9 March – Ash Wednesday Mass – Dundalk Institute of Technology
DUNDALK INSTITUTE OF TECHNOLOGY
9 MARCH 2011
HOMILY GIVEN BY
CARDINAL SEÁN BRADY
This Gospel presumes that we are all going to do something for Lent. The question is ‘What’ and ‘How’ and ‘Why’? I take your presence here as a sign that you wish to do something this Lent. Your decision to come here and have ashes placed on your forehead is already a sign. It is a sign that you want to use this Lent as a time when you will try and follow Christ more faithfully and more consistently. There are two possible formulae of words which are used when the ashes are placed on the forehead. One is: “Turn away from sin and be faithful to the Gospel.” And the second: “Remember man, you are dust and to dust you will return.”
The first is based on the words of Jesus himself. The second comes from the Old Testament. So I think I will stick to the first today: “Turn away from sin and be faithful to the Gospel.” That is how Jesus began his preaching. It would be a good way for us to begin Lent.
Turn away from sin – that was the theme of the First Reading – come back to the Lord with all your heart. Turn to the Lord, your God again, for he is all tenderness and compassion. He will take pity on us, his people.
I must say that in a sort of way I dread Lent. I know that it is a time of grace, a time when we go out into the desert as Jesus went to fast and be tempted. I know I begin full of good and generous intentions but I often find that it is a case indeed of ‘the spirit being willing but that the flesh is weak’ and yet it is a time when the words of St Paul come to my mind often: “I chastise my body and bring it into supplication, in case that having preached to others, I might myself become a castaway.” I do like the sound of that word ‘castaway’. It reminds me of castoff. Castaway – it suggests being cast out of the presence of the Lord forever – too terrible to even contemplate and yet contemplate it we must.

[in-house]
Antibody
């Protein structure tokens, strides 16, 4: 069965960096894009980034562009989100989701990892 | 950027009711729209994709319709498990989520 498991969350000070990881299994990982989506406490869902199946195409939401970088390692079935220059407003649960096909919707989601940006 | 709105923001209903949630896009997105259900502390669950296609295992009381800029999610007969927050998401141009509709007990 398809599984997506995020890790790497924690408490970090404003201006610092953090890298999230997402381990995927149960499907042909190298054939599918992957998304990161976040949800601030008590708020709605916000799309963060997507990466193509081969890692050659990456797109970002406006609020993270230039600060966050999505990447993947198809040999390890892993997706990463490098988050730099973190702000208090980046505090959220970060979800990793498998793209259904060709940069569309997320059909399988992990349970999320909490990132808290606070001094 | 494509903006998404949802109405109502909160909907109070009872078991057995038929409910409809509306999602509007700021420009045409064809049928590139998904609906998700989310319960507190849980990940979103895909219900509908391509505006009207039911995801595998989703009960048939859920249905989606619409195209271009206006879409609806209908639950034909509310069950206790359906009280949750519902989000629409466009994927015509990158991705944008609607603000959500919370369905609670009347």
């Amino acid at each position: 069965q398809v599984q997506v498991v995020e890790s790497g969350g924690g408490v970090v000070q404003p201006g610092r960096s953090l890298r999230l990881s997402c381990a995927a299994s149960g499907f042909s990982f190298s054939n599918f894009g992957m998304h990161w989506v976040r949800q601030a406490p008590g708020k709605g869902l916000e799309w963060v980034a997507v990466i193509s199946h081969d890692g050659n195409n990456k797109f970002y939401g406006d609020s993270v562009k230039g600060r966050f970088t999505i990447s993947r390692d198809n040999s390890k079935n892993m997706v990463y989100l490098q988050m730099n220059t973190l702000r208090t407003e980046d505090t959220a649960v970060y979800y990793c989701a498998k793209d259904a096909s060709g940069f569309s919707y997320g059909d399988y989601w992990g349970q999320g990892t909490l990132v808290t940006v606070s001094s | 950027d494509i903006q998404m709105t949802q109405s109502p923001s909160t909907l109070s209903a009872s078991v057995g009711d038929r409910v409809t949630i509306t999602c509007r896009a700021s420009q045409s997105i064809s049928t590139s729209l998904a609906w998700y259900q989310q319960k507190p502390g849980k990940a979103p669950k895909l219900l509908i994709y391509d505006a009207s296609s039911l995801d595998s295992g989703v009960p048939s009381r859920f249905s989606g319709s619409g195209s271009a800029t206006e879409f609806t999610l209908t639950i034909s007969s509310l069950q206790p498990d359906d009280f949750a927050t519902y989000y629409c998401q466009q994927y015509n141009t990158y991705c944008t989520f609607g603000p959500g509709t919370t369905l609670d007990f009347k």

For Lent is that time of year when we stop and take stock. We are all on the journey of life, one year older than we were last Lent. One year nearer our final destination. Lent is the time when we stop and contemplate what that final destination is: it is a time when we contemplate that other journey – the journey of self-discovery – who we are – where did we come from? Where are we headed to? How much progress are we making? I came across a book recently with the title: The Interior Voyage – The Journey. It begins with these challenging words: “The question of prayer haunts the heart of everyone always, no matter what the level of their spiritual life.” For prayer is the link to that mysterious place which holds the key to authentic peace of heart.
It is worth noting what happens immediately after the Baptism of Jesus. The Holy Spirit drove him out into the wilderness to be tempted by the devil. St Mark simply says: “He was with the beasts and angels looked after him.”